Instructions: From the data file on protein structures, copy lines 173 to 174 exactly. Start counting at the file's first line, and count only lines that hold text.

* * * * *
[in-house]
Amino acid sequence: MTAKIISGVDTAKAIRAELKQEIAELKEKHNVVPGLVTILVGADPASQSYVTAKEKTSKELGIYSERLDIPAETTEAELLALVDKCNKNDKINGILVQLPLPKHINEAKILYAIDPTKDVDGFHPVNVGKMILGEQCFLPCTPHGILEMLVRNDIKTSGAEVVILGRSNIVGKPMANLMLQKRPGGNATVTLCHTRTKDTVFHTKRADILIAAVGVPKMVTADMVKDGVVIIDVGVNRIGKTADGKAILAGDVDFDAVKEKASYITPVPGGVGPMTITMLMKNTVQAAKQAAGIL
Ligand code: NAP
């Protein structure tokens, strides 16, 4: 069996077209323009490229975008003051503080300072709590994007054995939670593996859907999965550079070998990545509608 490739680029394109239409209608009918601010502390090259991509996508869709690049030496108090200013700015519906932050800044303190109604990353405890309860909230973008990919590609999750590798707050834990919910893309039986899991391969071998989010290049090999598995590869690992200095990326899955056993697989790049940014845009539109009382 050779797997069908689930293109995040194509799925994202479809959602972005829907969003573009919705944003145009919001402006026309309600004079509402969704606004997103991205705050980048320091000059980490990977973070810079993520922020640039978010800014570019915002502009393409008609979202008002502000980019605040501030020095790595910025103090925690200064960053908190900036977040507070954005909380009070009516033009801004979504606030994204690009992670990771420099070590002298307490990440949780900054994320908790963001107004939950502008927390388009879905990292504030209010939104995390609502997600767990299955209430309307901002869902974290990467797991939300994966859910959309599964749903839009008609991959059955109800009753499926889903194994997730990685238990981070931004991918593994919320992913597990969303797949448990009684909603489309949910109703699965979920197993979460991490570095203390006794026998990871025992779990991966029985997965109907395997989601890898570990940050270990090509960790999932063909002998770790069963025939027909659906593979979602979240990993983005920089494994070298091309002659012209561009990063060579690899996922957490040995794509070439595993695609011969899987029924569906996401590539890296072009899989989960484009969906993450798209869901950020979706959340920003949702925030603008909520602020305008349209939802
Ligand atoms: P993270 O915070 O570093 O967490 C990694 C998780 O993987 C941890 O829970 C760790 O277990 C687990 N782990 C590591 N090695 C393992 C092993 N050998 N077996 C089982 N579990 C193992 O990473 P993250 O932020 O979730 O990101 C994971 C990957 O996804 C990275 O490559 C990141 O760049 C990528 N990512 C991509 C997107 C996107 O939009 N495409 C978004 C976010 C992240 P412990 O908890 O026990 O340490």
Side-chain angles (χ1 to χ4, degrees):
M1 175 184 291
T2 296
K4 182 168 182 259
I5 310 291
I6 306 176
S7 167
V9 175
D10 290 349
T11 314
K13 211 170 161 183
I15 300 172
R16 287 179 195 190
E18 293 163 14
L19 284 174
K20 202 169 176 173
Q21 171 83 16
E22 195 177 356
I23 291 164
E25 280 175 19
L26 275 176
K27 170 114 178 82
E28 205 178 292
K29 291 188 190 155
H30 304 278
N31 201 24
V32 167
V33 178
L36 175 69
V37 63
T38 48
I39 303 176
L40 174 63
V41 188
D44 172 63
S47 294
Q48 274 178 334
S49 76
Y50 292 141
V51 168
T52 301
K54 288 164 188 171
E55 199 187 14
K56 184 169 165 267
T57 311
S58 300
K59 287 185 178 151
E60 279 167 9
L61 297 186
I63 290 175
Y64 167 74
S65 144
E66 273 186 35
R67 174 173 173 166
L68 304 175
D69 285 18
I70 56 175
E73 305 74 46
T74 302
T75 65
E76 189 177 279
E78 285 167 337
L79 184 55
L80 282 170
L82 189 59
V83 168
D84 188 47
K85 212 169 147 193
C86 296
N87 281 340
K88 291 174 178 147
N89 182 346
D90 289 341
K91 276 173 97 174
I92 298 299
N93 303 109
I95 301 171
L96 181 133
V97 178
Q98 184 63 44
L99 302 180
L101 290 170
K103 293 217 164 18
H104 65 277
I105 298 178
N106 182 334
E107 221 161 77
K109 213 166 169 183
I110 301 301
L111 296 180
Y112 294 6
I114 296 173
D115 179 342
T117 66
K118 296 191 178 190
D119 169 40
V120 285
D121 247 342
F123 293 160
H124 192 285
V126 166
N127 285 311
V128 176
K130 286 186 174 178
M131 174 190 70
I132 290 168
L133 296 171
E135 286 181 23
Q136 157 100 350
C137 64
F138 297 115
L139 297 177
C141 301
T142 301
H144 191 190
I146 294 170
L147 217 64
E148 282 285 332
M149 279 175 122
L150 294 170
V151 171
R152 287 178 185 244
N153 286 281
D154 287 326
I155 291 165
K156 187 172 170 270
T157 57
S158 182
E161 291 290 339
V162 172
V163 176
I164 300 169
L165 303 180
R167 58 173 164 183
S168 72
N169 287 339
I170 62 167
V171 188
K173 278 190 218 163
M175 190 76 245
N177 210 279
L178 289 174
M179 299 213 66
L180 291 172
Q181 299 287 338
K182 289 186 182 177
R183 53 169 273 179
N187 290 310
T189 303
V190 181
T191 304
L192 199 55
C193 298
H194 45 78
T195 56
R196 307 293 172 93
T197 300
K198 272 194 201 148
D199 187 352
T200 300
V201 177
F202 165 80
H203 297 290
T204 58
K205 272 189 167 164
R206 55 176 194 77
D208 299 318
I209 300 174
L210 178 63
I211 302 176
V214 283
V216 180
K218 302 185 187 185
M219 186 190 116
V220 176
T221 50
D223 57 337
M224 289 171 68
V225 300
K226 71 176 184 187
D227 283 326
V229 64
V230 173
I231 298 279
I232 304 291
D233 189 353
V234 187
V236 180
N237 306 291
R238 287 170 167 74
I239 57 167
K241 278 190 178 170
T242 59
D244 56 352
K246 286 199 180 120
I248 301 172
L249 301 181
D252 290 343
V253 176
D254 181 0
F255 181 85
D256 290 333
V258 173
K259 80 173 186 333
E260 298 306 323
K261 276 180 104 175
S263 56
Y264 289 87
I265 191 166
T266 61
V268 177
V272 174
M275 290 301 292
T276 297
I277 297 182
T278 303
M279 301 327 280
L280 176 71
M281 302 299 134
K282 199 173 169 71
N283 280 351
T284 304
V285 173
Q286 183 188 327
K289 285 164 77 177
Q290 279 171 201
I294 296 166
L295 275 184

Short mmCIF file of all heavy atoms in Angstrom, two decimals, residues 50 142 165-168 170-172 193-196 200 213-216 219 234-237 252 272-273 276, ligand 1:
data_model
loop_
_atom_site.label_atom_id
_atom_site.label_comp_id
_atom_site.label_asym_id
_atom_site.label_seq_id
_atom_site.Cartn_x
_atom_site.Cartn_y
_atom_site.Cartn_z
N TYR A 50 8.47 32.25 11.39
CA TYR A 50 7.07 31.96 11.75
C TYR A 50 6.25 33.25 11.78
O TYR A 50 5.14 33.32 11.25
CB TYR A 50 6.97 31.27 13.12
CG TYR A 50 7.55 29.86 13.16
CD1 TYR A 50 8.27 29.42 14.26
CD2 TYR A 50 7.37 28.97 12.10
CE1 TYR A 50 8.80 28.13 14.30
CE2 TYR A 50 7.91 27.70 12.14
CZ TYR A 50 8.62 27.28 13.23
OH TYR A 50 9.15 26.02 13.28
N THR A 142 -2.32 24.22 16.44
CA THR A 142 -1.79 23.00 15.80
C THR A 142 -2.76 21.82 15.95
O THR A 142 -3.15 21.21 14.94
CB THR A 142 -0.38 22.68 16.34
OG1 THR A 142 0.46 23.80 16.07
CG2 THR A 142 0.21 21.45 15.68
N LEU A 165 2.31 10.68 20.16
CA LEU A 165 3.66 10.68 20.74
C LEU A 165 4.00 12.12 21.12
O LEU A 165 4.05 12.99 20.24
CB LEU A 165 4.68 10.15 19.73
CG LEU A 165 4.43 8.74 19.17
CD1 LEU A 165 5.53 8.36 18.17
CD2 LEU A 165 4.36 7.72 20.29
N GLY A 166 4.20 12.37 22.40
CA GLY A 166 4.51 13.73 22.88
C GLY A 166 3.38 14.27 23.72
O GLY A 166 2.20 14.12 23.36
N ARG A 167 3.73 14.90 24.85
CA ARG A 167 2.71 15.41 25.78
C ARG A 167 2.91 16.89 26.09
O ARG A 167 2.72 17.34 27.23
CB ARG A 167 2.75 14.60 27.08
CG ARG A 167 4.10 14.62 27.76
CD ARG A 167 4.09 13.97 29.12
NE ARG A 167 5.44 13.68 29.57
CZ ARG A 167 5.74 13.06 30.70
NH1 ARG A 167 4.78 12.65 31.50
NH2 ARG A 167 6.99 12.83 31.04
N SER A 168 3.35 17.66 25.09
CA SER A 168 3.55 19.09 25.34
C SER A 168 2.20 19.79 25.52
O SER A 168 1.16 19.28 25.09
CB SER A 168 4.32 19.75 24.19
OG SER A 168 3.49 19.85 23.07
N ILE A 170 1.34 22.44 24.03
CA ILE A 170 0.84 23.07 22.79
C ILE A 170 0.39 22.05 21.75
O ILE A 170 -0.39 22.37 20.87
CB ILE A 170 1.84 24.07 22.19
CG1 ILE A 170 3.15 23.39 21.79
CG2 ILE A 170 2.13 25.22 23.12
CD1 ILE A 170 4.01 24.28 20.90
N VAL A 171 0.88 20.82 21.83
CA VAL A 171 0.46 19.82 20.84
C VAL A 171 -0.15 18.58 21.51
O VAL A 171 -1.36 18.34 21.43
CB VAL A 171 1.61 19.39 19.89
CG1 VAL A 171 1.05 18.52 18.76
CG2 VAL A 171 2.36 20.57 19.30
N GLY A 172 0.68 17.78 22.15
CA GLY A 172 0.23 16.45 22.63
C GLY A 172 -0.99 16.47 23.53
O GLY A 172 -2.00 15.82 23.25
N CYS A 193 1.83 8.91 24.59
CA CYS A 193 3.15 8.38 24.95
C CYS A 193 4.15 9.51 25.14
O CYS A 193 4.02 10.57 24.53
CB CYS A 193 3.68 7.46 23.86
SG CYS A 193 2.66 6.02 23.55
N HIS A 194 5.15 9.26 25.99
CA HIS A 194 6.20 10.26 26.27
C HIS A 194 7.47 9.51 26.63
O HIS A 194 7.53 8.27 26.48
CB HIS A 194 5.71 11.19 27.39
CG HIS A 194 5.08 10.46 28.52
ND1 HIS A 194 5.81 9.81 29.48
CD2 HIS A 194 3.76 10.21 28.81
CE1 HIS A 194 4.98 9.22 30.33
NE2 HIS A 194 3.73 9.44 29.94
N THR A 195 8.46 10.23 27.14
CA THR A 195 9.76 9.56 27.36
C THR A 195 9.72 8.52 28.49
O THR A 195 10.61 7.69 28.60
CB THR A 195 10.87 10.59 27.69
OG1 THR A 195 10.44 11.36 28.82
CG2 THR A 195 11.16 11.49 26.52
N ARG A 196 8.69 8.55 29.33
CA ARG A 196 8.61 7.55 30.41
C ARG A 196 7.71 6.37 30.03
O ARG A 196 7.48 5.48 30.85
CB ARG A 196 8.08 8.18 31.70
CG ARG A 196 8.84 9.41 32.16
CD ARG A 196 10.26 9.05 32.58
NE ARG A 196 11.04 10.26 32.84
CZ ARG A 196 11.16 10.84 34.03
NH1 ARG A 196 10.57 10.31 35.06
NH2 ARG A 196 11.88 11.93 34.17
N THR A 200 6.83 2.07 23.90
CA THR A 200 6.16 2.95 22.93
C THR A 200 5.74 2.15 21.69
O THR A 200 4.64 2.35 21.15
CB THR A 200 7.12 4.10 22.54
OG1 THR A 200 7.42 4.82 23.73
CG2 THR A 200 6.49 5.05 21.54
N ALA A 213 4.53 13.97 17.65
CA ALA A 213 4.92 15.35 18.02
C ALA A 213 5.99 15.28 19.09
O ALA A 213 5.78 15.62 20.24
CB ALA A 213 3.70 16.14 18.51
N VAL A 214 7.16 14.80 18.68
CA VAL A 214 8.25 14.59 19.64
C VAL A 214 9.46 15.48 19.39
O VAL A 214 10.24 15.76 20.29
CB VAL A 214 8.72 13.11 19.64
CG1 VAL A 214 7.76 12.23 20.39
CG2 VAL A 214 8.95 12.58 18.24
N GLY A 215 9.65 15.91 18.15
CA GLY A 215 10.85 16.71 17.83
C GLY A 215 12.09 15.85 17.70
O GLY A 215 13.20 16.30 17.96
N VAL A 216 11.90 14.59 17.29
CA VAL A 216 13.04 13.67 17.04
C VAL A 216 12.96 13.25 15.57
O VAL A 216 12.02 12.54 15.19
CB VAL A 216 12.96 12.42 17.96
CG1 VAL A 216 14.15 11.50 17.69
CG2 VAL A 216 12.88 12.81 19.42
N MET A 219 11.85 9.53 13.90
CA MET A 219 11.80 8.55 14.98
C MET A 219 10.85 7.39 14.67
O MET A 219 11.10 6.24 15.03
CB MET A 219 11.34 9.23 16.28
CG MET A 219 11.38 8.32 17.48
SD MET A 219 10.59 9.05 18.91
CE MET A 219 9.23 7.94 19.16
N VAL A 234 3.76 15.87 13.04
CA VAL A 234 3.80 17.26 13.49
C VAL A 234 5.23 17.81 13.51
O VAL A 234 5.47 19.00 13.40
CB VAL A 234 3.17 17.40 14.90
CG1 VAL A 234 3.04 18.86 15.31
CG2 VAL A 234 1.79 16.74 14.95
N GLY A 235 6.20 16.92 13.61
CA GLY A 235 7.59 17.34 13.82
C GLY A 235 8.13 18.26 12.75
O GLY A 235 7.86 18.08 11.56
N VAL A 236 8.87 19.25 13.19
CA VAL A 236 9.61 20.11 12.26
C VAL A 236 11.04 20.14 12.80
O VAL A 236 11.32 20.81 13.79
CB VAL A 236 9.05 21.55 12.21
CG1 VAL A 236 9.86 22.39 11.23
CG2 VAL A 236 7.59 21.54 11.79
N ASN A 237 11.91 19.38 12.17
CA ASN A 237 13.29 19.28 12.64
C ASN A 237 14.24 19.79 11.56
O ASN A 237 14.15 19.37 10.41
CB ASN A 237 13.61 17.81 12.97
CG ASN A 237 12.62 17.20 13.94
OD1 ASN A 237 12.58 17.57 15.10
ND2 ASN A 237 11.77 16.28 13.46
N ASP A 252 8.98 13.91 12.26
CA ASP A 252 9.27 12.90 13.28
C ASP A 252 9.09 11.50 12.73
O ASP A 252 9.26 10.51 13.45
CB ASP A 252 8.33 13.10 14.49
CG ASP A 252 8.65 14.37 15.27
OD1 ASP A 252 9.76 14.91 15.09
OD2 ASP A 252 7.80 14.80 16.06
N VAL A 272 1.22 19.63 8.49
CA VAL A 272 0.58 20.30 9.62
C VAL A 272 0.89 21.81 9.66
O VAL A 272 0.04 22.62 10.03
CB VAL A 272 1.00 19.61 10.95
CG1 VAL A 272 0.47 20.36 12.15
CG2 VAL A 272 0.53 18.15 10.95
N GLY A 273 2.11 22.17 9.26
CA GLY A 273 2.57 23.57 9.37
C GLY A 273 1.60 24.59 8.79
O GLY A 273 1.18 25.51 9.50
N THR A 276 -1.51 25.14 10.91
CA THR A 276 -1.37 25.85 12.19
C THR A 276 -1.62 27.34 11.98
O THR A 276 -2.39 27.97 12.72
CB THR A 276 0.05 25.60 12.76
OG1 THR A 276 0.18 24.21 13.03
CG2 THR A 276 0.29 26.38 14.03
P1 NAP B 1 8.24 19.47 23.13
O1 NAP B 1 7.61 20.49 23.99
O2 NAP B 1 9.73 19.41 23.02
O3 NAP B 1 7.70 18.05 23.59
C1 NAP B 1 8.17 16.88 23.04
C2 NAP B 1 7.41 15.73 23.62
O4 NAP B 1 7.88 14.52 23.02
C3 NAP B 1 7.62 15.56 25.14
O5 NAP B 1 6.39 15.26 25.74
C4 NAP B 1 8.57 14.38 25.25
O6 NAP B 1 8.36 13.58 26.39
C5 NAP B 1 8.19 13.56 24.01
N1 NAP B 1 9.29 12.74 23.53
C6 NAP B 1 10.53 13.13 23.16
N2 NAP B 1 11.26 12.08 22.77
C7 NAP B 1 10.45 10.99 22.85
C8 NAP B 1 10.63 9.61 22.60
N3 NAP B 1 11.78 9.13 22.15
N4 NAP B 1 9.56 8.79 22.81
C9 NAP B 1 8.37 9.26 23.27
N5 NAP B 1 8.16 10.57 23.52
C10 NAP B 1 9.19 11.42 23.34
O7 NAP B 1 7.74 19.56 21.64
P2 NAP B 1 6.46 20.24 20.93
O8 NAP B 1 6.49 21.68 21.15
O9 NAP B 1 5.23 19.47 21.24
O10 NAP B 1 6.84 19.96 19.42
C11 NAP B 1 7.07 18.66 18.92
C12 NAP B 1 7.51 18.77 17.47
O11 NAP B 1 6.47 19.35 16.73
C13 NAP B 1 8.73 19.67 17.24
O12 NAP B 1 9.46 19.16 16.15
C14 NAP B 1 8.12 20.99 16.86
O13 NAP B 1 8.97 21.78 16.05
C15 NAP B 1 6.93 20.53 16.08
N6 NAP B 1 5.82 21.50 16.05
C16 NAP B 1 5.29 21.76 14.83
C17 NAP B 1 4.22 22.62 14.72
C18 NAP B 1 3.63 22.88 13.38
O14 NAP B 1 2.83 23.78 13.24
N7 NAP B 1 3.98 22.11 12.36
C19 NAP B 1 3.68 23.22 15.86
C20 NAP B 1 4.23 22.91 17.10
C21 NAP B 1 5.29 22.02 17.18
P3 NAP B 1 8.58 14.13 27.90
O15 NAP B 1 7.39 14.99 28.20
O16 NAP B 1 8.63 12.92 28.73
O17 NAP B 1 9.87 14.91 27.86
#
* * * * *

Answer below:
I209 300 174
L210 178 63